Flatter, toady

These past few days have pressed me, a little, for time, so here are two newspaper cartoons from Meiji 10 (1877). The cartoonist is HONDA Kinkichirō 本多錦吉郎 and the original place of publication was the Marumaru chinbun 團團珍聞, one of the Meiji era's great satirical newsmagazines — but I saw it in SHIMIZU Isao 清水勲 and YUMOTO Kōichi 湯本豪一's 1989 collection, Meiji man'yōshū (明治漫葉集, "Myriad Meiji mirth").

First up, we have the "Gekkyū-tori" 月給鳥, "monthly-salary bird":

This is a pun on 月給取り, "receiving a monthly salary." At the time, to mock such people was, it seems, the done thing. Who knows? We might get down to that point again eventually.

The caption here (I'm not sure if it was Honda's original or rewritten by Shimizu and Yumoto) is: "Gathers in Western-style buildings, sleeps with mistress-bird by night. Its call is 'Money, money'" (洋館作りに集まり、夜は妾鳥を抱く。鳴き声はマネー、マネー). Outward indications of Westernization were irresistible targets for post-Perry Japanese satirists, who saw quite clearly the vanity and hypocrisy (both imported and native) that no top hat or monocle could conceal.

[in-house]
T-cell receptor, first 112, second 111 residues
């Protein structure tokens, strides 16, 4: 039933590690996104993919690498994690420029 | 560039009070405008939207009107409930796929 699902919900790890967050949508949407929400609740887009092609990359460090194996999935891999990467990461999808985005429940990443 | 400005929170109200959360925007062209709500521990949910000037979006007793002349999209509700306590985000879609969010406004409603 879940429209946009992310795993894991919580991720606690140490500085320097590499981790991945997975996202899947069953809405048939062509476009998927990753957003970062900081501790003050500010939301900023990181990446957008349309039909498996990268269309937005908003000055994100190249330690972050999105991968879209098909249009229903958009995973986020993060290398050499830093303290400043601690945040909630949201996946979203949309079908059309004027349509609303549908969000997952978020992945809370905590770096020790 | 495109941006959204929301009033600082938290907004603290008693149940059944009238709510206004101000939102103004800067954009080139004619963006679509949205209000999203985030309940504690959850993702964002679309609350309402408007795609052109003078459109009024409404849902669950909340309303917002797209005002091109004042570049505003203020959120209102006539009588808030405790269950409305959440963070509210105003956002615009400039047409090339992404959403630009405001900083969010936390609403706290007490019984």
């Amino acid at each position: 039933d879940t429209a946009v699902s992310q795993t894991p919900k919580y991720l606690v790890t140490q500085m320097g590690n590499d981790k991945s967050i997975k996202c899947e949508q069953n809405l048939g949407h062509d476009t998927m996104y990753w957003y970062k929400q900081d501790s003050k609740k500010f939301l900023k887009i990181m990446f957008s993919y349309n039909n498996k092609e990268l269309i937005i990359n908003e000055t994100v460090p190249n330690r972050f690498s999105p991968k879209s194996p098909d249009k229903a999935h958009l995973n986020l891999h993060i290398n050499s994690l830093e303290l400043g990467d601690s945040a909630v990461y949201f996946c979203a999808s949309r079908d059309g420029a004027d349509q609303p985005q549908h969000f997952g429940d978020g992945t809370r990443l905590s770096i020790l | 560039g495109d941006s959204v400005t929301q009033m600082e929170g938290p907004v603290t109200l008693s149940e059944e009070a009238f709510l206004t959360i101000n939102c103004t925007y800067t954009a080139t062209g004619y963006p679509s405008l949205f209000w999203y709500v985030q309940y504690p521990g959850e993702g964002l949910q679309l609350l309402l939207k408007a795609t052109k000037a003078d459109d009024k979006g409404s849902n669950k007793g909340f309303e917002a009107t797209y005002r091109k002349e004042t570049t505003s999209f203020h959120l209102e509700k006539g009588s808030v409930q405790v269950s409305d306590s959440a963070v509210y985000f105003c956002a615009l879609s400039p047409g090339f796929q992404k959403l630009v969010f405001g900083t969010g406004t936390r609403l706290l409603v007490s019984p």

Next up, the "Ganari-ya" 我鳴屋, "braggart", a pun on kanariya, "canary":

Caption sez:

Some cry 'Discontent, discontent; rights of the people, rights of the people," while some, of the subspecies Preeneria, are kept in newsrooms and cry 'Flatter, toady' (不平、不平、民権、民権と鳴くものや、亜種の物知り気鳥の中に新聞社にかわれてオベッカ、ベンチャラと鳴くものもある)

Note that this guy is wearing Japanese clothes. He may be an asshole, but he's our asshole.

(Note: Preenaria in the above corresponds to monoshiri-kidori in the original, which literally translates to "person who pretends to know a lot" plus a pun on "bird" (tori).)

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不平:"Discontent"? or "Inequality?" (If we're talking 民権 in the next breath.)


I thought maybe so, but then I thought maybe the "complaining" nuance was more important. I guess I jumped wrong...


Also now that I think of it maybe "Boor" or "Loudmouth" would be better than "Braggart" too...


If you ever get a chance to watch Hiroshi Shimizu's <I>Arigatau-san</i>, a specimen of salarybird is relentlessly mocked throughout the film. The moustache, especially, brought out his unfilial and unfamilial snobbishness.


Of all the difficulties there are in translation, I think puns have to be just about the hardest. I think it's really amazing how you are able to both grasp all the double-meanings of the puns themselves, but also come up with an English equivalent that captures the spirit of the original pun.


Well, except when I just explain them, like most of the cases above... but yeah, puns are very rewarding! If you like puns

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